Friday, July 16, 2010

Whose fault is it?

Attorney Jeff Gamso over on Gamso - For the Defense has written about the bad reputation that attorneys have among just about everyone, including other attorneys. Read about it here and you'll learn that in Ohio, your attorney is legally bound to put your best interests in second or third place. I think most attorneys thankfully ignore this in favor of representing their client.

From the honorable Mr. Gamso's article: ...those people who'll lie and cheat and blow smoke in their passion to unleash killers, rapists, and terrorists on the streets of America so they can continue their depredations.

It's always the attorney, isn't it? The guy was guilty, but the attorney got him off. It wasn't the arresting officers who didn't follow the chain of custody rules, and in fact wouldn't know the chain of custody if their soon to be blood sucking ex-wife used chain of custody to extract another $400 a month in alimony. Nope, not them. They're ignorant and damned proud of it.

It couldn't have been the eye witnesses, either. One who has the DTs so bad he started swatting cockroaches during the cross examination and had to be excused. The other one who, as it turned out, had an adversarial relationship with the accused that went back to a civil suite that our observant bystander to the crime lost rather badly and is still paying off five years later, and who was found guilty two years ago of criminal trespass and aggravated menacing, and who now, under a reasonable cross examination, can't keep his story straight for ten minutes in a row. Then there was the third eye witness, purported to be a Church Deacon, Scout leader and pillar of the community, but who was being paid to testify and actually believed that was the way things worked. You came to court, said what you were supposed to say, and collected your money right afterward. Right? (This last actually happened to a friend of mine, an attorney in Kentucky who discovered this little factoid during questioning, which produced a moment of silence while everyone looked at each other).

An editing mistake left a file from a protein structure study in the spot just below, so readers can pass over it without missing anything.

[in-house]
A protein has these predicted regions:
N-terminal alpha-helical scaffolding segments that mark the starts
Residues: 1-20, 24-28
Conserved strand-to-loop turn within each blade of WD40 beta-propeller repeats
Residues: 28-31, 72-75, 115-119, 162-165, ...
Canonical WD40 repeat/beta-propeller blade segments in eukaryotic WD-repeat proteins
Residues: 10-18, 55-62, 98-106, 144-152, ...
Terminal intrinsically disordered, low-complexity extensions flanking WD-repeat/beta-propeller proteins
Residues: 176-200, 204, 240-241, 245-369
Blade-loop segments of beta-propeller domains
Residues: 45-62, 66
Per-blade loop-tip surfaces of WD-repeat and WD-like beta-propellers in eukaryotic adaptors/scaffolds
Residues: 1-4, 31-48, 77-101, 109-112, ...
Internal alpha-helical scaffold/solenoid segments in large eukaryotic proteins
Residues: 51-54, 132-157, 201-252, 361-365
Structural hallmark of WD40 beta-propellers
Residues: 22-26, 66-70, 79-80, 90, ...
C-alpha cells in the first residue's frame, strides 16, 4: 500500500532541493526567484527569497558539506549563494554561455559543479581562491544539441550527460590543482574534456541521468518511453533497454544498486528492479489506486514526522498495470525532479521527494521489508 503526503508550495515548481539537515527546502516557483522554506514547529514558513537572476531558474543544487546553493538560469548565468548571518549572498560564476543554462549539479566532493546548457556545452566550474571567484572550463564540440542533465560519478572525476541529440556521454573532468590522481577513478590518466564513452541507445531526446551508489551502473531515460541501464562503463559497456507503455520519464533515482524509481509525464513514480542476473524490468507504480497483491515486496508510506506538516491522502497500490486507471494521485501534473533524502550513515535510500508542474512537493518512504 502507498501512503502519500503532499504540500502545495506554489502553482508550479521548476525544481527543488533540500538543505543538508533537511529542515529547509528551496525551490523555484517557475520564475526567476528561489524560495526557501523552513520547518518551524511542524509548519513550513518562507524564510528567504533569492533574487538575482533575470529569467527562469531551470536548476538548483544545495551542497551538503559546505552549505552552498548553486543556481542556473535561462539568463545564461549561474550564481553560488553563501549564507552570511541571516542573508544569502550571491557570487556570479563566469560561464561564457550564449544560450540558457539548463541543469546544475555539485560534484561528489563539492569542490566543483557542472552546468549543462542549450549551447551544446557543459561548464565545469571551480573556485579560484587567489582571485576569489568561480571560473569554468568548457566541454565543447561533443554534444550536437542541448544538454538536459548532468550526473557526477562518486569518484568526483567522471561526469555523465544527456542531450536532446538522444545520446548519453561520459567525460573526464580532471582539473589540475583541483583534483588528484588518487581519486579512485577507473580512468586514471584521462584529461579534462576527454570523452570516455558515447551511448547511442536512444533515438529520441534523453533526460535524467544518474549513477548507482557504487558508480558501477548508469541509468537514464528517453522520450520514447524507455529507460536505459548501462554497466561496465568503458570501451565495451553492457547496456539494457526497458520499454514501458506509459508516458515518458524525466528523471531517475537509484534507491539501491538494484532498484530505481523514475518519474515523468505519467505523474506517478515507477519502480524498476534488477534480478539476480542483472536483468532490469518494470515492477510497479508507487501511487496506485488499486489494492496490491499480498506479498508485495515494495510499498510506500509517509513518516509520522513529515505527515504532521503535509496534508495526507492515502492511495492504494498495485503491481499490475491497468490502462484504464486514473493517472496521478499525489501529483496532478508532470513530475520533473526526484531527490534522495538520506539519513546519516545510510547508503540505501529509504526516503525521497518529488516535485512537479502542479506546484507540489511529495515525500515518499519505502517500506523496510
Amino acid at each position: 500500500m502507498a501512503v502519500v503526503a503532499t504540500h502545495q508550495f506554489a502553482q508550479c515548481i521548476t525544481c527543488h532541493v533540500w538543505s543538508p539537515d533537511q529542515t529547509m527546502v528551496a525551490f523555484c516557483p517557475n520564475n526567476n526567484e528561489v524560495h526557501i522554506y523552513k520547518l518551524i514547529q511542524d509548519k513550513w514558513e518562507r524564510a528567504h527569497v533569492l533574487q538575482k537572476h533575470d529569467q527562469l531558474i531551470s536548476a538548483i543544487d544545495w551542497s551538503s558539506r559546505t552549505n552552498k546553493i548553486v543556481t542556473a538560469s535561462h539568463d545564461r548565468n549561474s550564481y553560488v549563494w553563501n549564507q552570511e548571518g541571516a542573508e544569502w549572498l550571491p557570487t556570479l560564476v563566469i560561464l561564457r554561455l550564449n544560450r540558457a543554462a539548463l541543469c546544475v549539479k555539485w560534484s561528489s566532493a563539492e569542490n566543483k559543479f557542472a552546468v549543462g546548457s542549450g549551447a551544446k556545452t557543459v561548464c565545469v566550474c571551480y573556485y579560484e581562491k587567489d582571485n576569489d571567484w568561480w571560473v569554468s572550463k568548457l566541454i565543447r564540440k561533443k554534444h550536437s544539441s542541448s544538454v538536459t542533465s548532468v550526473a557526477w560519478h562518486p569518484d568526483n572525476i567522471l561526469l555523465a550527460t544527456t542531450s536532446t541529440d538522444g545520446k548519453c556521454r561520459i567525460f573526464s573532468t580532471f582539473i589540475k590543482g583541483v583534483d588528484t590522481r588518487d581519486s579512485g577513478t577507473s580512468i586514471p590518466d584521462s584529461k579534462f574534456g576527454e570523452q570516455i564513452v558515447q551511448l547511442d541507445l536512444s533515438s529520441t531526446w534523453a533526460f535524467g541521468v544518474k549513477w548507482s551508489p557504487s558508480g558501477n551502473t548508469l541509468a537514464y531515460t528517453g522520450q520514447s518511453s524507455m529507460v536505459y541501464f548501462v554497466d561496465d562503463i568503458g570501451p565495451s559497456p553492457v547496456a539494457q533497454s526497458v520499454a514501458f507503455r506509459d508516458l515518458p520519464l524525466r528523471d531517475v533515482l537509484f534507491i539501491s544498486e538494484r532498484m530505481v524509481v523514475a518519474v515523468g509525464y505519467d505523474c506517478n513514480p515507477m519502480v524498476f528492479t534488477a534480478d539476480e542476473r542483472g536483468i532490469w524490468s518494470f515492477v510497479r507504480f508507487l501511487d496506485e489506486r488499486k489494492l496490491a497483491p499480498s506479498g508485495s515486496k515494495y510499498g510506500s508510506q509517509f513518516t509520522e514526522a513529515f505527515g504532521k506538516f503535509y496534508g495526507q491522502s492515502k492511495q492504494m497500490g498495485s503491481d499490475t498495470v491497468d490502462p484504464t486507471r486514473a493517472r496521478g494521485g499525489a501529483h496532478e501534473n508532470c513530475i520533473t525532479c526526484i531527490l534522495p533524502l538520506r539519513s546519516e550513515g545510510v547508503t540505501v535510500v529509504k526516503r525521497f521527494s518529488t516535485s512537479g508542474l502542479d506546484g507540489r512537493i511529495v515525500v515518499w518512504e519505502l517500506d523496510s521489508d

No, it wasn't the witnesses. It was that damned slick attorney. Guys like that, there's not a name for 'em.

It couldn't have been the prosecutor, either. The one who was sworn in last month and who has a three foot stack of cases on his desk sitting on top of the 'IN' basket. The prosecutor who got the carpet jerked out from under him each time he tried to question a witness and got answers he hadn't planned on. The prosecutor who kept having to refer to his notes so as to remember the name of the accused, and who kept getting the facts of the case mixed up with the case he is scheduled to try tomorrow. Nope, not a chance it was the prosecutor.

And it wasn't the lead detective's fault, either. This would be the aged, stoop shouldered man with the trembling hands and blood shot eyes who was caught signaling the prosecuting attorney as to when to object. (Another true story - no, I'm NOT making this up.)

It's not the jury, either, one of whom was found sleeping through most of the trial. And, by the way, this is not hyperbole or fiction. I actually saw this happening during a murder trial. No one objected.

Nope. It's that slick attorney every time.

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